.Some years back, I had a conversation with a young writer who, almost by accident (an agent was involved), sold a story to one of the major slick magazines. These things happen, though not as often as we like.
"I thought it was a terrible story," the writer said. "It was an experiment that really didn't work. But it sold and the money was good and my agent said the exposure would do me good, so I let them have it."
Then the editor sent back corrections to be made. "And I fought like a fiend against every one of them!"
I know that you like to think that you yourself would not behave like that. But let's be honest. That is exactly how you'd behave.
So when your get your first set of proofreading notes or editorial notes (emotionally, your reaction will be exactly the same), you should do these four things:
1) Take a deep breath. Literally. Oxygen will help calm you down. If you or your spouse has ever taken birthing classes, think "cleansing breath."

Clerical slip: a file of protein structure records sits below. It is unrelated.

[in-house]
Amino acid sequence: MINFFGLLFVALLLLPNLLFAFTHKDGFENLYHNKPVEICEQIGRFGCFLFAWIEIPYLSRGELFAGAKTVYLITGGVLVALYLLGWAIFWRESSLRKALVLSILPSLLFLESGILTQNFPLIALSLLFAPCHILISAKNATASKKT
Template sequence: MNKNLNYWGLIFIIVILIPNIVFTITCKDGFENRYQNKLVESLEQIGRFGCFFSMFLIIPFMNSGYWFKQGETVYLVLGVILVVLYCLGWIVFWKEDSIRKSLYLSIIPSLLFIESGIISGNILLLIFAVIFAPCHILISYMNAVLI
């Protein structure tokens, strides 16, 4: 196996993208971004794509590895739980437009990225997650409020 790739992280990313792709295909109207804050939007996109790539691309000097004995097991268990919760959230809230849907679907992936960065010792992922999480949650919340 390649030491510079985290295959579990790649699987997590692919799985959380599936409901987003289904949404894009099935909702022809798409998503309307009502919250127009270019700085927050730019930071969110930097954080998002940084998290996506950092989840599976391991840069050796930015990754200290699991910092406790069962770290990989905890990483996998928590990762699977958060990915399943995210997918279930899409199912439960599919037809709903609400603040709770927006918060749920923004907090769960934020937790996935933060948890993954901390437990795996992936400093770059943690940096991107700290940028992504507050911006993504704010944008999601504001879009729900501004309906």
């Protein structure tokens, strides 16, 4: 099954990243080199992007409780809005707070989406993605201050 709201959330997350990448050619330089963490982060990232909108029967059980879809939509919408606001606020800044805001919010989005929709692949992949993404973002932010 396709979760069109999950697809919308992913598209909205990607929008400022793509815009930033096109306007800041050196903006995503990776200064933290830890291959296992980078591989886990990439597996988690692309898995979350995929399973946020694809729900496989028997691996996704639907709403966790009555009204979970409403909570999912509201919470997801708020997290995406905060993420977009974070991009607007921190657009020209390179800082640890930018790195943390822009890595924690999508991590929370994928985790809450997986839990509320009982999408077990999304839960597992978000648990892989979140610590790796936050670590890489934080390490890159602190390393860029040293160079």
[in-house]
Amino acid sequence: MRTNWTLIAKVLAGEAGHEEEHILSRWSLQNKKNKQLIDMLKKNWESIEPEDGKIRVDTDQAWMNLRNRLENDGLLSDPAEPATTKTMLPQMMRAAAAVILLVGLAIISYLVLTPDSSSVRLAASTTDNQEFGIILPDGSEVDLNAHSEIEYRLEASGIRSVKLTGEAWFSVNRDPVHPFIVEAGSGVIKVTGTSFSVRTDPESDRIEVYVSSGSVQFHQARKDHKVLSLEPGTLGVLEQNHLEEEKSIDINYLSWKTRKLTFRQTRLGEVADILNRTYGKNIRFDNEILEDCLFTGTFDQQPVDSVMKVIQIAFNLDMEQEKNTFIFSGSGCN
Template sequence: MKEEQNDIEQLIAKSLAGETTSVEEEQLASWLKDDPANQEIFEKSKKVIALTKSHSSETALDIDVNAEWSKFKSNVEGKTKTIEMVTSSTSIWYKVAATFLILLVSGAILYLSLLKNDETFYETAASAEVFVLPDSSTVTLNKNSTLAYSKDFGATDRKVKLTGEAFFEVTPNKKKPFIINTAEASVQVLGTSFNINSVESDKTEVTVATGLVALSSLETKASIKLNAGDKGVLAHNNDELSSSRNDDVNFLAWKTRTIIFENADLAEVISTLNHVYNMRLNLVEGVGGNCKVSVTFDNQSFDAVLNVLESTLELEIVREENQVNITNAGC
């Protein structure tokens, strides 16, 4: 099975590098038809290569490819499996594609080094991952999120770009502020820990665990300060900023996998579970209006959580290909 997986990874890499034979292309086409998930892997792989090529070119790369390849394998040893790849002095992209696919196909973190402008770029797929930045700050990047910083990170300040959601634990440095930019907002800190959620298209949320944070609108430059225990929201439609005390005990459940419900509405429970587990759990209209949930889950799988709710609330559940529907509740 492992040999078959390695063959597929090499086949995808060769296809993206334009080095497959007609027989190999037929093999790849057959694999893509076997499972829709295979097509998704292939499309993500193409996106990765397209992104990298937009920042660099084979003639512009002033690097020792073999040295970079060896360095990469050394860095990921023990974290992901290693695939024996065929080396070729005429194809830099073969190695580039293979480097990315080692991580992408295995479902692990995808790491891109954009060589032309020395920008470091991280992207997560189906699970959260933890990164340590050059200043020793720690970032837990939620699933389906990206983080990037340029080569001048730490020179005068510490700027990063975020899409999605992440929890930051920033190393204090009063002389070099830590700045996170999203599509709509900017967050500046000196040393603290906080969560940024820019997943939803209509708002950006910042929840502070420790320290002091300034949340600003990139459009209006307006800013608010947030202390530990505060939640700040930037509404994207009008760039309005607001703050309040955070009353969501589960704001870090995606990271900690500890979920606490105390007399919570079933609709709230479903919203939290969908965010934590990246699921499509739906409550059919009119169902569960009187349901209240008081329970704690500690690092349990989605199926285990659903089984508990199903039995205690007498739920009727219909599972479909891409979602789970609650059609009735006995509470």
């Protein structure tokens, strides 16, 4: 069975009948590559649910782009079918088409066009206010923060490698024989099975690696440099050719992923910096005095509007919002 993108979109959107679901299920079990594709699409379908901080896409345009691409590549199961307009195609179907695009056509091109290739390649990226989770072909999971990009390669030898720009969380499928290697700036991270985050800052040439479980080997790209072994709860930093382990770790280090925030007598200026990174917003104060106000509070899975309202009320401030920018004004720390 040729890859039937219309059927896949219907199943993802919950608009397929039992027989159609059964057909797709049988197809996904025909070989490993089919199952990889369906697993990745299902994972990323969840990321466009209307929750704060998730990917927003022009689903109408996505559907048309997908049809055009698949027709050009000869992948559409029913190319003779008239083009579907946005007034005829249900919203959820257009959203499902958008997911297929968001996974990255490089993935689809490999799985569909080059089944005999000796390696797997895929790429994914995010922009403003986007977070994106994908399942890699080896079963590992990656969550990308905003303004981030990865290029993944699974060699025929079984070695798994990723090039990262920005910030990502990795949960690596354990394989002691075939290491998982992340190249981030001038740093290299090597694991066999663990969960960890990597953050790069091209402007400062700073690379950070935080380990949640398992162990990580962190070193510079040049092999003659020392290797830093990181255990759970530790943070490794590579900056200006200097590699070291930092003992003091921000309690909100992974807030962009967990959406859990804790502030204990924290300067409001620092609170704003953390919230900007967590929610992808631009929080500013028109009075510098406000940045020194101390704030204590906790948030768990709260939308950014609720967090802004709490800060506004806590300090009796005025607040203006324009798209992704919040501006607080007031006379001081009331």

2) Recognize that each publishing house has its own style sheet. The distinction between "grey" and "gray" may matter passionately to you, but is invisible to the reader.
3) Remember that the editor is nowhere near as dogmatic and unreasonable as you. If you have good reasons for your position, he or she will probably give in reasonably. So there's no need for you to work yourself into a rage.
4) Cultivate a sense of humor. Bitter, bitter, bitter humor.
And as always . . .
I'm on the road again. More on this when I get home. Unless there's something else to talk about.
Above: I'm traveling with a palmtop/netbook which doesn't upload and download pictures well. Hence the lack of an illo. I'll put one in after I get back home.